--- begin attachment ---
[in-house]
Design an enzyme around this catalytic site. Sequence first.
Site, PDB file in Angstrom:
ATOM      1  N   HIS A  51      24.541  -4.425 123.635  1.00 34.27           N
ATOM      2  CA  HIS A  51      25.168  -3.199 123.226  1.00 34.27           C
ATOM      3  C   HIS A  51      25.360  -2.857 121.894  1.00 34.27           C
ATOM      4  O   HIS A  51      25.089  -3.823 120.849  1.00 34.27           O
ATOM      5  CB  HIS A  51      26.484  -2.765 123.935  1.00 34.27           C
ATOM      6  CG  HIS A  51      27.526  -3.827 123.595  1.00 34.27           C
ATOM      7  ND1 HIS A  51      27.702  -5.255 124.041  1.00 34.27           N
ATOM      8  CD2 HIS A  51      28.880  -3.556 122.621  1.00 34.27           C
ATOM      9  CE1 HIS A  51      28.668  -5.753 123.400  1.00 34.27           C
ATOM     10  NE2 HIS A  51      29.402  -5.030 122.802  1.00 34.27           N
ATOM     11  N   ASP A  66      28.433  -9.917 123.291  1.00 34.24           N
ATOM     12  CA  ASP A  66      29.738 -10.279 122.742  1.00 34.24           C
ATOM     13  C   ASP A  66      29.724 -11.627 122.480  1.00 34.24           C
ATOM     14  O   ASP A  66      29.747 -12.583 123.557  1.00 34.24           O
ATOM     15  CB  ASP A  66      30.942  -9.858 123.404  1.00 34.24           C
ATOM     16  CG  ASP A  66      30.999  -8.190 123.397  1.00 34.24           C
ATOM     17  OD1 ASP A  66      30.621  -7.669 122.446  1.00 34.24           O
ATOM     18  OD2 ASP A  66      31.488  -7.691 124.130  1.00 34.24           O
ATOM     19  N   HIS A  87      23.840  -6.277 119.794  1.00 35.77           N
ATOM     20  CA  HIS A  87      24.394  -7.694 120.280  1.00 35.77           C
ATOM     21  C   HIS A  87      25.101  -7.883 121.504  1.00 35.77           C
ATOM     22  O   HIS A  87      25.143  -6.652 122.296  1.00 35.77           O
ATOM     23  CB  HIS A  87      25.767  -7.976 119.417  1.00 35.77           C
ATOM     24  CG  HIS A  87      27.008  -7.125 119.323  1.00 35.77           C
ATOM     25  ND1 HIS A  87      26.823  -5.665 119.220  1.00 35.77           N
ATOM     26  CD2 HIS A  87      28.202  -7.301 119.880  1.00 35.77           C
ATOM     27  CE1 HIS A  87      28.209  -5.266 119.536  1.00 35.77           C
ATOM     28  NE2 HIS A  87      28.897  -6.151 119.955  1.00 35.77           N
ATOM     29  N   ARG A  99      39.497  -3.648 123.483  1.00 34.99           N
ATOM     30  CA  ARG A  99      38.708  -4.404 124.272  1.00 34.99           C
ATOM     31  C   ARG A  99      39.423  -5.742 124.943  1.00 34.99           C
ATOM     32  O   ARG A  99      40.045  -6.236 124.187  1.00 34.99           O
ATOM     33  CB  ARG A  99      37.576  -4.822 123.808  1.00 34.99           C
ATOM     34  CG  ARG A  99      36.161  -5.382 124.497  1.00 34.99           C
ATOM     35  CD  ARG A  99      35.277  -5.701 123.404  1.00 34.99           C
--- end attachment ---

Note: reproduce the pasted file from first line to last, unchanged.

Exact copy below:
[in-house]
Design an enzyme around this catalytic site. Sequence first.
Site, PDB file in Angstrom:
ATOM      1  N   HIS A  51      24.541  -4.425 123.635  1.00 34.27           N
ATOM      2  CA  HIS A  51      25.168  -3.199 123.226  1.00 34.27           C
ATOM      3  C   HIS A  51      25.360  -2.857 121.894  1.00 34.27           C
ATOM      4  O   HIS A  51      25.089  -3.823 120.849  1.00 34.27           O
ATOM      5  CB  HIS A  51      26.484  -2.765 123.935  1.00 34.27           C
ATOM      6  CG  HIS A  51      27.526  -3.827 123.595  1.00 34.27           C
ATOM      7  ND1 HIS A  51      27.702  -5.255 124.041  1.00 34.27           N
ATOM      8  CD2 HIS A  51      28.880  -3.556 122.621  1.00 34.27           C
ATOM      9  CE1 HIS A  51      28.668  -5.753 123.400  1.00 34.27           C
ATOM     10  NE2 HIS A  51      29.402  -5.030 122.802  1.00 34.27           N
ATOM     11  N   ASP A  66      28.433  -9.917 123.291  1.00 34.24           N
ATOM     12  CA  ASP A  66      29.738 -10.279 122.742  1.00 34.24           C
ATOM     13  C   ASP A  66      29.724 -11.627 122.480  1.00 34.24           C
ATOM     14  O   ASP A  66      29.747 -12.583 123.557  1.00 34.24           O
ATOM     15  CB  ASP A  66      30.942  -9.858 123.404  1.00 34.24           C
ATOM     16  CG  ASP A  66      30.999  -8.190 123.397  1.00 34.24           C
ATOM     17  OD1 ASP A  66      30.621  -7.669 122.446  1.00 34.24           O
ATOM     18  OD2 ASP A  66      31.488  -7.691 124.130  1.00 34.24           O
ATOM     19  N   HIS A  87      23.840  -6.277 119.794  1.00 35.77           N
ATOM     20  CA  HIS A  87      24.394  -7.694 120.280  1.00 35.77           C
ATOM     21  C   HIS A  87      25.101  -7.883 121.504  1.00 35.77           C
ATOM     22  O   HIS A  87      25.143  -6.652 122.296  1.00 35.77           O
ATOM     23  CB  HIS A  87      25.767  -7.976 119.417  1.00 35.77           C
ATOM     24  CG  HIS A  87      27.008  -7.125 119.323  1.00 35.77           C
ATOM     25  ND1 HIS A  87      26.823  -5.665 119.220  1.00 35.77           N
ATOM     26  CD2 HIS A  87      28.202  -7.301 119.880  1.00 35.77           C
ATOM     27  CE1 HIS A  87      28.209  -5.266 119.536  1.00 35.77           C
ATOM     28  NE2 HIS A  87      28.897  -6.151 119.955  1.00 35.77           N
ATOM     29  N   ARG A  99      39.497  -3.648 123.483  1.00 34.99           N
ATOM     30  CA  ARG A  99      38.708  -4.404 124.272  1.00 34.99           C
ATOM     31  C   ARG A  99      39.423  -5.742 124.943  1.00 34.99           C
ATOM     32  O   ARG A  99      40.045  -6.236 124.187  1.00 34.99           O
ATOM     33  CB  ARG A  99      37.576  -4.822 123.808  1.00 34.99           C
ATOM     34  CG  ARG A  99      36.161  -5.382 124.497  1.00 34.99           C
ATOM     35  CD  ARG A  99      35.277  -5.701 123.404  1.00 34.99           C